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### Determining Which Number to Divide by Which

```Date: 10/04/2004 at 08:49:07
From: Dominick
Subject: figuring out which is the divisor

Julia plans to use a recipe that yields 15 pounds of fudge.  She
intends to wrap the fudge she makes in 3/4 pound boxes and give one
box to each of her friends and relatives for gifts.  How many gifts
will she have?

I don't know how to tell if I calculate 15 divided by 3/4 or if it's
3/4 divided by 15.  I get it confused sometimes.

15 divided by 3/4                      3/4 divided by 15
15/1 divided by 3/4                    3/4 divided by 15/1
15/1 times 4/3                         3/4 times 1/15
5/1 times 4/1                          1/4 times 1/5

```

```
Date: 10/04/2004 at 10:06:07
From: Doctor Peterson
Subject: Re: figuring out which is the divisor

Hi, Dominick.

If you look at what you are doing in your two cases, you will see that
the answers are reciprocals of one another.  But that's not the main
issue here.

How can you decide what to divide by what?  One way is to think about
what division means.  You want some number of boxes, 3/4 pound each,
which will be 15 pounds all together.  So you want to find the number
by which you can multiply 3/4, to give 15:

x * 3/4 = 15

The opposite of this multiplication is division BY the known factor:

x = 15 / 3/4

(I'm using "*" to mean multiplication and "/" to mean division.)

Thinking in this way makes it clear what you divide by what: to find
one factor, you divide the product by the other factor.

Along the same lines, once you get an answer you can check it.  What
is the total weight of 20 3/4-pound boxes?  It is 20 times 3/4, which
does give 15.  Also, just look at the answers.  Does it make sense
that 1/20 of a box should weigh 15 pounds?  No; 1/20 times 3/4 pound
gives 3/80 of a pound!  That sort of check should be a regular part of

Another thing that can help is to change the numbers in the problem to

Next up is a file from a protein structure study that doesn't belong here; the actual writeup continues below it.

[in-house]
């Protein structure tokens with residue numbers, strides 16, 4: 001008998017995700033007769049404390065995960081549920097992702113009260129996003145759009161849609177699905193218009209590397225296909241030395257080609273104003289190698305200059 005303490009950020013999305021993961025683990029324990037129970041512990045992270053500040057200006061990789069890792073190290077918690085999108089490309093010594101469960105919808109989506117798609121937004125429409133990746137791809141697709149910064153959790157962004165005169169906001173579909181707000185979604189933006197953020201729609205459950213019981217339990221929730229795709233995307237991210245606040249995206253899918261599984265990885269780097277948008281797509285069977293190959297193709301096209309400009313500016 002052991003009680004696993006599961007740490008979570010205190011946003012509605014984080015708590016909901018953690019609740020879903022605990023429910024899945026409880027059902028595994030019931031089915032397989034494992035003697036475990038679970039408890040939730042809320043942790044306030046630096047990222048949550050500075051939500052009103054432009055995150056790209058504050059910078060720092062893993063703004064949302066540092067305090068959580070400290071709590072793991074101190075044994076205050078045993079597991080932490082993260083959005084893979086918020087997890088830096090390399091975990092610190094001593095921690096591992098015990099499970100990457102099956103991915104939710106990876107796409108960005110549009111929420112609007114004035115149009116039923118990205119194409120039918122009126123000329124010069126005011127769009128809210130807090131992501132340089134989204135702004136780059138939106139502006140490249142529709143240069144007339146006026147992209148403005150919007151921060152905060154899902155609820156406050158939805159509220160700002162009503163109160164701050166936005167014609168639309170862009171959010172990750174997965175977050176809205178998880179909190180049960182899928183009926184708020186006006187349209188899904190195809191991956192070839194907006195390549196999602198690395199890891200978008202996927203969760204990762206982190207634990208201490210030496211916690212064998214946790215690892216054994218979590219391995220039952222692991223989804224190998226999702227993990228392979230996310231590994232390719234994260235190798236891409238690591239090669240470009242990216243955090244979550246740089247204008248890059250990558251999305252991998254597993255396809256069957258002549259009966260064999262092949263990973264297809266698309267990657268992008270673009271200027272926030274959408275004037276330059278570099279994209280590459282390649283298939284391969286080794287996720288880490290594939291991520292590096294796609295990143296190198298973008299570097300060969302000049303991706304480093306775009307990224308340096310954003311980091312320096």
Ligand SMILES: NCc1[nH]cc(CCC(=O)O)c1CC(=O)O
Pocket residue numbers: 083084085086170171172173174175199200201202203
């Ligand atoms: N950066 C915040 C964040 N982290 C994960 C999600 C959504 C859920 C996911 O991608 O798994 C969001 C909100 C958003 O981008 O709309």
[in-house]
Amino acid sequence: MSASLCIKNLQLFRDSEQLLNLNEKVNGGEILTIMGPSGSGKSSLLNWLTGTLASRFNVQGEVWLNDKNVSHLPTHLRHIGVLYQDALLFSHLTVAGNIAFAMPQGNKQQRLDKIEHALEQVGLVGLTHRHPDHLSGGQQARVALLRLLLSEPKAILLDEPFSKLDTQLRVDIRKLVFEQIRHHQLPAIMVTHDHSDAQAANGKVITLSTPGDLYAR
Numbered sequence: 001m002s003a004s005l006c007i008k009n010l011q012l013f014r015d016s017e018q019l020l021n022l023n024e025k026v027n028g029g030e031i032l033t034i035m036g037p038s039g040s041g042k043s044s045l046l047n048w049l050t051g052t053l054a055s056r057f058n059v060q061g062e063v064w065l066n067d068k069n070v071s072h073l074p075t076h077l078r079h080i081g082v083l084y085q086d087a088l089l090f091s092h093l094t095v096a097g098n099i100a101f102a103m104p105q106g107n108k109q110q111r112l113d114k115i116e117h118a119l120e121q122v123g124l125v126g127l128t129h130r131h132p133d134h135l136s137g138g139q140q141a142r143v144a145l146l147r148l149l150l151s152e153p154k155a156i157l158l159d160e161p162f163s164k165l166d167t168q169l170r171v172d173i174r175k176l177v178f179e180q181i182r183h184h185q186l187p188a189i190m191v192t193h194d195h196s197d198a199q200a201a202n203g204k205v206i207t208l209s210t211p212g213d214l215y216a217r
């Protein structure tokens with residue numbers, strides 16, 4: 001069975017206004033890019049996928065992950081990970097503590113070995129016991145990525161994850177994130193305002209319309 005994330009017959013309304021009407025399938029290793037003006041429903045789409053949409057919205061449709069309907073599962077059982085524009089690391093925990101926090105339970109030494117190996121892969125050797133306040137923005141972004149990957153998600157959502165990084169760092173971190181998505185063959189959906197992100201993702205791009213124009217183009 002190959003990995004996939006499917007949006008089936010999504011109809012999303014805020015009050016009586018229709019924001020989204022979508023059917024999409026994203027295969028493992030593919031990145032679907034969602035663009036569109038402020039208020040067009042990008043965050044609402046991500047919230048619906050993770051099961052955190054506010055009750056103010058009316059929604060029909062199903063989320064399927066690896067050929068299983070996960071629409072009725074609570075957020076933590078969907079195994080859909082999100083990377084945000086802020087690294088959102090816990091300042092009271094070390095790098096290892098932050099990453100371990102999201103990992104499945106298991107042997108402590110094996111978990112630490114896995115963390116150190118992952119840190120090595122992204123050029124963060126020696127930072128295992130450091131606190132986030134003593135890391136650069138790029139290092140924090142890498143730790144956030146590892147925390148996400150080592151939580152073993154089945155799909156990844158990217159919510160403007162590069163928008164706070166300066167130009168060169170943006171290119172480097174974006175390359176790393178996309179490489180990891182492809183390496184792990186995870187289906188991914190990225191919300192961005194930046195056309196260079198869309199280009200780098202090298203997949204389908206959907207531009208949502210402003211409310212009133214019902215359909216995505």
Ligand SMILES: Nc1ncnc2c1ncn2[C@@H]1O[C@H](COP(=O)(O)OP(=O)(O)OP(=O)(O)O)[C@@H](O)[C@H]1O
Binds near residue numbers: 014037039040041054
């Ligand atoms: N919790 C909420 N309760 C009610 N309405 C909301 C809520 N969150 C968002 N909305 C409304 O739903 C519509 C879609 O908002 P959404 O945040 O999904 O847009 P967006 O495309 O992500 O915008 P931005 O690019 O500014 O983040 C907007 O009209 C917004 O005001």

avoid fractions, which often makes the answer more obvious.  If you
wanted to divide 15 pounds into 3-pound packages, how many will you
get?  This time you can picture making packages until you reach a
total of 15 pounds, and you can see quickly that you can find that
answer by dividing 15 by 3.  Do the same with the real numbers.

Finally, often you can use units to help.  You have

15 pounds per batch
3/4 pounds per box
X boxes per batch

That is, you want to find how many 3/4-pound boxes you can make from a
15-pound batch.  If you divided the 3/4 by the 15, and kept the units
with the calculation, you would get

3/4 pounds   15 pounds   3/4 pounds    1 batch
---------- / --------- = ---------- * --------- = 1/20 batch/box
1 box       1 batch      1 box      15 pounds

So your answer of 1/20 is not the number of boxes in a batch, but the
number of batches in a box--that is, each box is 1/20 of the batch.
And therefore the whole batch is 20 boxes.  If you do the calculation
the right way, you'll see the answer come out to 20 boxes/batch.  If

Unit Conversions, Unit Cancellation
http://mathforum.org/library/drmath/sets/select/dm_unit_convert.html

If you have any further questions, feel free to write back.

- Doctor Peterson, The Math Forum
http://mathforum.org/dr.math/
```
Associated Topics:
Middle School Division
Middle School Word Problems

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